In his highly readable Living the Quaker Way, Philip Gulley graciously welcomes the curious reader into the Quaker faith. His introductory chapter, “What is a Quaker?” is friendly, open, kind, unpretentious, and folksy. I read on expecting a primer on Quaker history, beliefs and practices and was not disappointed. But then I was startled by the change in tone. As he begins to work through the core values of the Quaker faith – Simplicity, Peace, Integrity, Community and Equality – Gulley becomes eloquently and passionately critical of modern American life, criticism that I entirely agree with.read more
Celebrate our life together, giving birth in many ways;
Father-Mother Love is with us, leading to a better day.
Equal partners ‘round the table, family groups of every kind
show us how to nurture kindness, new creation’s joy to find.read more
I have witnessed the remarkable power of religious communities to bring social capital to bear on behalf of their members. Some congregations are particularly good at bringing low-income, isolated people into a milieu in which they benefit tremendously from contact with fellow congregants who have the connections they need to get ahead. It is as if they’ve stepped into an updraft as they enter the door of the church or temple or mosque, and find themselves swept up toward job contacts, vital information about services and resources, and good role models to follow toward creating better lives.read more
Let’s stop assuming that a collection of individuals constitutes community. It doesn’t. In fact, it usually makes for disaster, as evidenced by the number of conflict resolution experts who are making their living off congregational members who are at each other’s throats. It’s not the fault of congregational members. We need to be teaching what it means to be in community, and that includes practices that are going to make us fit for community. Most of us got our training for community life in dysfunctional families. The moment anything approximating intimacy breaks out in congregations most people simply re-enact largely the unexamined history of our family of origin.read more
Is the lingering importance of “Good Samaritan Jesus” for the religiously unaffiliated a yearning for a more ethically engaged, prophetic Christianity?read more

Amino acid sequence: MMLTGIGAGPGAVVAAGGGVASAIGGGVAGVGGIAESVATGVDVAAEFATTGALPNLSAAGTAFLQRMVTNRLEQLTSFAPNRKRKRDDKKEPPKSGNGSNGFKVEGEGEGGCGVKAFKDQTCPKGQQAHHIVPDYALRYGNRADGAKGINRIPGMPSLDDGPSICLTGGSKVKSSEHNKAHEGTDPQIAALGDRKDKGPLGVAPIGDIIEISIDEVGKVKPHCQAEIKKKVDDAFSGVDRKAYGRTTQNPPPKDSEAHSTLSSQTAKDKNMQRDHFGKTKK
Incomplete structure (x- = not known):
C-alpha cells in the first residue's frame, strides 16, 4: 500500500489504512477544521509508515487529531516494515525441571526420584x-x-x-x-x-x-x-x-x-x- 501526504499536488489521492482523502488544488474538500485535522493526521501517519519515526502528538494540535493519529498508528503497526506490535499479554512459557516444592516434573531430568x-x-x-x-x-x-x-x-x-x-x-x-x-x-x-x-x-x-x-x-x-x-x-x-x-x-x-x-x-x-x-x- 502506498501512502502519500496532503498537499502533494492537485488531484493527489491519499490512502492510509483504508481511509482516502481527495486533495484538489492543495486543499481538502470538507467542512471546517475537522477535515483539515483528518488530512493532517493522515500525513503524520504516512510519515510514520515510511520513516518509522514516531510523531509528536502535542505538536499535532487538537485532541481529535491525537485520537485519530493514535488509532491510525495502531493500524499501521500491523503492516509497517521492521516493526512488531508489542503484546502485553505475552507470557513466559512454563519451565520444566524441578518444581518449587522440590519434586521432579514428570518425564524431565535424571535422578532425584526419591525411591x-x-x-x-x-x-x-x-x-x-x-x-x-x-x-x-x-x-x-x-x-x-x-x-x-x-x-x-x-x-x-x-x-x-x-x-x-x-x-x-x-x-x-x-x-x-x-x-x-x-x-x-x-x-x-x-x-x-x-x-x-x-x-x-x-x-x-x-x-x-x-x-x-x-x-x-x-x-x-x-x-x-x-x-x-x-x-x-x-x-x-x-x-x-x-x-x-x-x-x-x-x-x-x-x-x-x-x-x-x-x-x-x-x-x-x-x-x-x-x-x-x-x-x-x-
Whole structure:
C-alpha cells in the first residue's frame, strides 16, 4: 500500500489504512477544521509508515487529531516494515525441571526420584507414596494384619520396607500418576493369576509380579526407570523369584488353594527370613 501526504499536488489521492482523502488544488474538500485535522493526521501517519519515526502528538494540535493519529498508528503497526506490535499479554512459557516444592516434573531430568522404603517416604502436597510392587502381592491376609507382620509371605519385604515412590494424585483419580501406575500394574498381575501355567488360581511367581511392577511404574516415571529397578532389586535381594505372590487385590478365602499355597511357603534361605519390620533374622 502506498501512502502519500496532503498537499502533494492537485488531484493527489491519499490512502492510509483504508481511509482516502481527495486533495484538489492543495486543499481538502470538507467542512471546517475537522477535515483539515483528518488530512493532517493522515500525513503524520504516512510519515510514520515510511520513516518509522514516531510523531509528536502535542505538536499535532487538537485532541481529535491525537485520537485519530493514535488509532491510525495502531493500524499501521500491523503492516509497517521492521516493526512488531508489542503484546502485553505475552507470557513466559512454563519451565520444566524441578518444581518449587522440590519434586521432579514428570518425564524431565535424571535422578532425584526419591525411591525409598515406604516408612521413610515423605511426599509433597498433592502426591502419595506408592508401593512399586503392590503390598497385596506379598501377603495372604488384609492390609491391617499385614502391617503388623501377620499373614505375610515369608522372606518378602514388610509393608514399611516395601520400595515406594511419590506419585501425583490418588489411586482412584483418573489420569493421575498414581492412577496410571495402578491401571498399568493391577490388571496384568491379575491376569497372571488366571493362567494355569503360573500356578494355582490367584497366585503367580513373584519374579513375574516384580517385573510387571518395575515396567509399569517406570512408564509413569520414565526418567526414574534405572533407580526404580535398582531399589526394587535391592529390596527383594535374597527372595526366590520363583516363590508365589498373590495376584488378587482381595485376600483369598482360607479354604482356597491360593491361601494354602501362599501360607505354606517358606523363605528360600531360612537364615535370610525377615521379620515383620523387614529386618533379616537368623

When it comes to faith sharing there are two poles. At one end of the spectrum is the witness who is absolutely sure of himself. He is anchored in certitudes and has the truth nailed down. You want answers, he has them. He is bold and brass, if not arrogant and obtrusive. Most people who would read this article are embarrassed by this kind of Christian witness.
At the other end is the Christian who is very hesitant to saying anything at all about her faith. “It is the life I live that matters,” she says, which, of course, is true, but shouldn’t disciples of Jesus want to say something about Jesus, in whom and through whom they have found a transformative path?read more
It’s important to understand that the change I believe must occur is not related to style, but substance. I’m sure most of you remember the abundance of church growth literature accessible at the height of that movement. Almost all of it related to style and methodology, which is not to say that such issues are not important, but my greater concerns relate to substance and message. So, what needs to happen?read more
Progressive Christianity cannot be nailed down to one thing. It lives in flux. It always will because that is its nature. It always will because it must.read more
Once an idea has been embraced by the larger community, it settles into the realm of the status quo. No longer representing cutting edge thought about the particular issue it addressed, it becomes accepted as the norm.read more
New research from psychologists from the New York University suggests that the desire to feel unique can undermine consensus, cohesion, and mobilization—at least in political contexts. My hunch is that this may extend to religious contexts as well.read more
I’d like to invite you into a conversation we’ve been having at the First Presbyterian Church of San Rafael these last weeks of Lent, a conversation about evolution and faith. We’re not talking about a six day creation, with God resting on the seventh. I really, really hope that argument’s over and done with. No, we’re talking about evolution as the way in which everything unfolds in all of creation. We are looking at a creation that evolves and opens towards unity, or shalom, in the presence of God.read more
Toward the end of 2013 many of us had a strong sense of shedding, releasing, and letting go. There was sickness, death, closing of chapters, ends, silence, and darkness… Now, as we begin this new year, we find our selves in a time of New Birth and New Ways. Join us on this journey into Newness and Co-Creation.read more